You grab your trolley and head through the aisles. As you look at the vast array of packaging in every aisle, you notice that each product has been designed to convey a certain feel. A brand aiming for a premium feel will use elegant typefaces, a dark colour palette and possibly some metallic elements. A brand that wants to imply it is a bargain, on the other hand, will usually use much simpler design elements; a light background, bold typefaces, and bright colours like red and orange. A product that wants you to think it’s good for the environment will often use a brown/kraft paper look, green colours and typefaces with a hand-drawn feel.

A lot of thought, effort and planning goes into packaging design. Read about what it’s like to be a Packaging Designer, and other graphic design jobs.

Packaging designer

When you get home, you stop at the letterbox to pick up your mail. There is a card from a property developer in your mailbox, showing the latest release of upscale apartments for sale in your area. It uses large, heavily styled photos and is printed on matte stock. It feels substantial, communicating something expensive and worth serious consideration.

There is also a catalogue from the local hardware shop, printed on cheap glossy paper and crammed full of photos and prices. It feels flimsy, urgent and as though the information isn’t meant to last longer than a couple of weeks before being out of date.

Graphic design is an important part of our lives

So you can see, even from such a simple exercise, how much of the world around us has been shaped by Graphic Designers. And that’s not even mentioning the other kinds of design that we encounter every day without thinking about it, such as fashion and industrial design.

As a Graphic Designer, you have the tools to shape and influence the world around you with every design choice you make.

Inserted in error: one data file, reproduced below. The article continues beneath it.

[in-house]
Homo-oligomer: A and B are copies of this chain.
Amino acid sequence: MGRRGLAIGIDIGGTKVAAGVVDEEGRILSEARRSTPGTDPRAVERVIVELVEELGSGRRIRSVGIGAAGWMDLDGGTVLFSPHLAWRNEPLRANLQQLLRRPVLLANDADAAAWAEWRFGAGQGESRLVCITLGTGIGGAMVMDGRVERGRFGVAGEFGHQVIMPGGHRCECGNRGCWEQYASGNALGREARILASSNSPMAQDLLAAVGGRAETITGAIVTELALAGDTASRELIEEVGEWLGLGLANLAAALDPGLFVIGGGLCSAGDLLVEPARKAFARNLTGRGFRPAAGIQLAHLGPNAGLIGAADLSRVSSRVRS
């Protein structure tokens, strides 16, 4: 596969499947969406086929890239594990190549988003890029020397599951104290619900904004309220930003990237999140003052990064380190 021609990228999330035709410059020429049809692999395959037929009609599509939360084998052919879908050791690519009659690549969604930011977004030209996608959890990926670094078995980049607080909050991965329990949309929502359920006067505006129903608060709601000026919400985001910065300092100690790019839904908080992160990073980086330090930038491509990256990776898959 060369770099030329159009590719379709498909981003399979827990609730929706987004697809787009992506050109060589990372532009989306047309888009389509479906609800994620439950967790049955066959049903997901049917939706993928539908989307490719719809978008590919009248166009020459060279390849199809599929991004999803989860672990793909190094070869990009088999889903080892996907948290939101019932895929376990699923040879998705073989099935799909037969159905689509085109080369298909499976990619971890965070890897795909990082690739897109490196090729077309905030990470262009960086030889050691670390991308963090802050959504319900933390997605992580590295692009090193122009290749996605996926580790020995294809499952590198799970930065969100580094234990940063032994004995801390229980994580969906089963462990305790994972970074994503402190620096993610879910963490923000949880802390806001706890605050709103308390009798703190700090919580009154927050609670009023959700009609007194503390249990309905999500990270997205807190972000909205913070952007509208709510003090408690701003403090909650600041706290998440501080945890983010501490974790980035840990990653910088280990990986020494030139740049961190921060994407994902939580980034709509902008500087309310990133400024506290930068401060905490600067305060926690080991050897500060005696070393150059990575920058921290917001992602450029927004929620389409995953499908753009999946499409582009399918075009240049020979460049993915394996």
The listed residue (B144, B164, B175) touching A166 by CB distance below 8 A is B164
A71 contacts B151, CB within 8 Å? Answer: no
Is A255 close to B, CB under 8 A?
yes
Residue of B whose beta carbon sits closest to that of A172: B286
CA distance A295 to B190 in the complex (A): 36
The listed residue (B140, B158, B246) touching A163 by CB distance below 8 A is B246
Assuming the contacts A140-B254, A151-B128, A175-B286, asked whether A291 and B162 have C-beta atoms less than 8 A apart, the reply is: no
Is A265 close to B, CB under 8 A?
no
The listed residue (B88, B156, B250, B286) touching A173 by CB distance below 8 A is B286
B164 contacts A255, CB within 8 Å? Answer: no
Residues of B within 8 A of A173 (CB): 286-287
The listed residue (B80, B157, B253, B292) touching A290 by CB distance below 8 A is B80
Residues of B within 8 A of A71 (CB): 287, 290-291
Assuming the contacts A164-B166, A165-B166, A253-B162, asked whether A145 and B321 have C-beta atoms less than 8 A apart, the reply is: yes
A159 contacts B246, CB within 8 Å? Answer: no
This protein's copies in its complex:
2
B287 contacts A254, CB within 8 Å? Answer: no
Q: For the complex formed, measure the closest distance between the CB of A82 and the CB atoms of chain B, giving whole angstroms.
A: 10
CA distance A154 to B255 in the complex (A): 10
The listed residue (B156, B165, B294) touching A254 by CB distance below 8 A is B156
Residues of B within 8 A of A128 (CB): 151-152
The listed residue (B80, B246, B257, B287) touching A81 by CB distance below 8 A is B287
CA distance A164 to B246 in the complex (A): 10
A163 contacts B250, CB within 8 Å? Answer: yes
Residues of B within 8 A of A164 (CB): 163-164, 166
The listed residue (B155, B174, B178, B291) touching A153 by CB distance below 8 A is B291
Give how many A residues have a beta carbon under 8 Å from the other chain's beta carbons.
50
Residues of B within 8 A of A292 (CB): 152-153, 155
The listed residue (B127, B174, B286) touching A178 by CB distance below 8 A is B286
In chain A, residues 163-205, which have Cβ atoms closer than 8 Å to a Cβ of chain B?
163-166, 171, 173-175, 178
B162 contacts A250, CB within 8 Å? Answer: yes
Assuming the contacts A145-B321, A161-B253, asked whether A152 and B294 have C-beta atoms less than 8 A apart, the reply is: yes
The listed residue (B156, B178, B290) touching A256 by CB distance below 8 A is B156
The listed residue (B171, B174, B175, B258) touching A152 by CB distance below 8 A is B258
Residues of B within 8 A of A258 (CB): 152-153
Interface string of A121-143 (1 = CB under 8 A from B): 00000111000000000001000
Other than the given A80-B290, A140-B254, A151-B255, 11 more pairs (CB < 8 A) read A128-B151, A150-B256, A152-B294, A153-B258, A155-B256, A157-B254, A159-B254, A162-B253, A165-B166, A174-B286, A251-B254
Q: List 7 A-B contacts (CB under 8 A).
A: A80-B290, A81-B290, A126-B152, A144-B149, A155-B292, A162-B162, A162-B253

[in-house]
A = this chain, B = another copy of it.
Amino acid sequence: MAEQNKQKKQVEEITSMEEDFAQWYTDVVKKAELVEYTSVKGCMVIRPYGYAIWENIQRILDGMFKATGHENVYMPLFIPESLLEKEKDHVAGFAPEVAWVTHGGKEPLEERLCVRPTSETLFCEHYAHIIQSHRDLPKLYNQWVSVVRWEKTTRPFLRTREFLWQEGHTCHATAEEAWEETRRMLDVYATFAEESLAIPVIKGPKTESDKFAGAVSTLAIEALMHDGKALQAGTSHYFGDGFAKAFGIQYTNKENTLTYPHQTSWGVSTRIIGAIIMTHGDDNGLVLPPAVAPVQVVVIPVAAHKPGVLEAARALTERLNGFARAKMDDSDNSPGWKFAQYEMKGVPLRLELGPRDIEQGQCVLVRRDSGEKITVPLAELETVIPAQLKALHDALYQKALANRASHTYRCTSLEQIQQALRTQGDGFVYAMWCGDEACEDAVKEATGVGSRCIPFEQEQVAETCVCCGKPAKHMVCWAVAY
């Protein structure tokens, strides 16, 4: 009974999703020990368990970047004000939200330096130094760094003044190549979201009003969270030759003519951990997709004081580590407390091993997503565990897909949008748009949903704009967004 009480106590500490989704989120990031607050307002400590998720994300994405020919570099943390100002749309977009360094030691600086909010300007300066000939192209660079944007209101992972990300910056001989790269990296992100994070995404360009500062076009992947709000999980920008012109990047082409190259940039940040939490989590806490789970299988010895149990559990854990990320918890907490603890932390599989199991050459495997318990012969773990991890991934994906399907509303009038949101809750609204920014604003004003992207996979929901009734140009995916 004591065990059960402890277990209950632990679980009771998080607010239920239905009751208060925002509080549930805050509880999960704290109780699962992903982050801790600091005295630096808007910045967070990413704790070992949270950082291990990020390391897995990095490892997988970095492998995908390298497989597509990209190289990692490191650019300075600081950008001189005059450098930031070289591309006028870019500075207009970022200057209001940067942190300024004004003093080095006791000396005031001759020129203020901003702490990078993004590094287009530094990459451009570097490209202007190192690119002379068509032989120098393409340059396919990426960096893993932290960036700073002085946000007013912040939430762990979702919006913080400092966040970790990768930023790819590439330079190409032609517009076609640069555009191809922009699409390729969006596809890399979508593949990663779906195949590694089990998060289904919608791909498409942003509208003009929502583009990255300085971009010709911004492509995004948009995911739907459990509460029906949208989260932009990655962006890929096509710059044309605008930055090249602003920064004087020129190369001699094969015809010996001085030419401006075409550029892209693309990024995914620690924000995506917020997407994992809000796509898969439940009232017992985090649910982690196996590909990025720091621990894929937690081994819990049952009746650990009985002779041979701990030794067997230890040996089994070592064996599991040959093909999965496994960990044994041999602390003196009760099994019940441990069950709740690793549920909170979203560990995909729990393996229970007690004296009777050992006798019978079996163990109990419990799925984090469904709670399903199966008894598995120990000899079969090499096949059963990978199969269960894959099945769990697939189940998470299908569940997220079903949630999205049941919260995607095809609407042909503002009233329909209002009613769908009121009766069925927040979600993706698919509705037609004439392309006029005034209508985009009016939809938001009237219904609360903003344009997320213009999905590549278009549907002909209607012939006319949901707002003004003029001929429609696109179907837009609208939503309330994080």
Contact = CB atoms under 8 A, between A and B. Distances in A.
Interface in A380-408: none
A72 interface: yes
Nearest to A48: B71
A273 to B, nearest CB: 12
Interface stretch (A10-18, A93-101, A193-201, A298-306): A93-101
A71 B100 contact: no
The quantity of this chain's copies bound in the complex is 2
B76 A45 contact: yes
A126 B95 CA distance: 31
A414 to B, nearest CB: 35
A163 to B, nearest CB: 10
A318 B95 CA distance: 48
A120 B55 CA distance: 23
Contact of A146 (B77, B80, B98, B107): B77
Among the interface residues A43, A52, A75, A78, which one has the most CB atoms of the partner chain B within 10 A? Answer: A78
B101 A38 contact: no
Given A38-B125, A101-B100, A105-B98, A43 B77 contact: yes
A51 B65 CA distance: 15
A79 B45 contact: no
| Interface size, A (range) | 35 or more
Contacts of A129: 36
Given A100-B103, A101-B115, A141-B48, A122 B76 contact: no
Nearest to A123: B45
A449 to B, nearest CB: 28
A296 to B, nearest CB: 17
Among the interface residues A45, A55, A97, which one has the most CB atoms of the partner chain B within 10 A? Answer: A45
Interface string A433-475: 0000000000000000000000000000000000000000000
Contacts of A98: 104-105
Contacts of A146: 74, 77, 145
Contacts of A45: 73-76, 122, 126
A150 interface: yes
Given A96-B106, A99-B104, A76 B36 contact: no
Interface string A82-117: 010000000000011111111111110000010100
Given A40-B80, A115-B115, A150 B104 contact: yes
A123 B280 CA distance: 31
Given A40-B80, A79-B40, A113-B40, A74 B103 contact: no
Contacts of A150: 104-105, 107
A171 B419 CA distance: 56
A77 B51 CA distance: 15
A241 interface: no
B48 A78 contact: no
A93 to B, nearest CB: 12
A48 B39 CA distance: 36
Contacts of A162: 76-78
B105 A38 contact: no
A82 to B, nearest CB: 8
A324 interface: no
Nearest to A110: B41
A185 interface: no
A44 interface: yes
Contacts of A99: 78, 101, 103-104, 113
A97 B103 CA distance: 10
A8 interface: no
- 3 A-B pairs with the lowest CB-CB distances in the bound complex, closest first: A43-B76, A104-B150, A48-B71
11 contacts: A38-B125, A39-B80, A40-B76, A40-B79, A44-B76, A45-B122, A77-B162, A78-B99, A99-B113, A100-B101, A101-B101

Is graphic design a good career choice? 

Graphic design is the perfect career choice for those who are creative, collaborative, innovative, and have a knack for technology.  

There are many different types of jobs within the graphic design industry. As you can see from the above example, graphic design comes in a myriad of different sizes, shapes and forms. And depending on your interest, your career as a Graphic Designer could take you down many different paths.  

How can I become a Graphic Designer? 

Open Colleges offers two online graphic design courses you can undertake which will help you begin your career in the?design industry.

CUA50715 Diploma of Graphic Design 

CUA50715 Graphic Design Pathway Program 

Wondering just where a career in graphic design can take you? Study an online course today with Open Colleges and start imagining the possibilities.

 

 

 

Rebecca Jee

Rebecca Jee is an all-round creative individual. As a freelance writer, editor, graphic designer, photographer, musician, crafter, food consultant, massage therapist - you name it, she’s done it all. She loves a creative challenge and has a rock-solid background in working for not-for-profit organisations. Rebecca considers herself “multipassionate”, and loves helping people find what they’re passionate about too. Her Everyday Gratitude website and diary was created to encourage others to reflect on what they’re thankful for.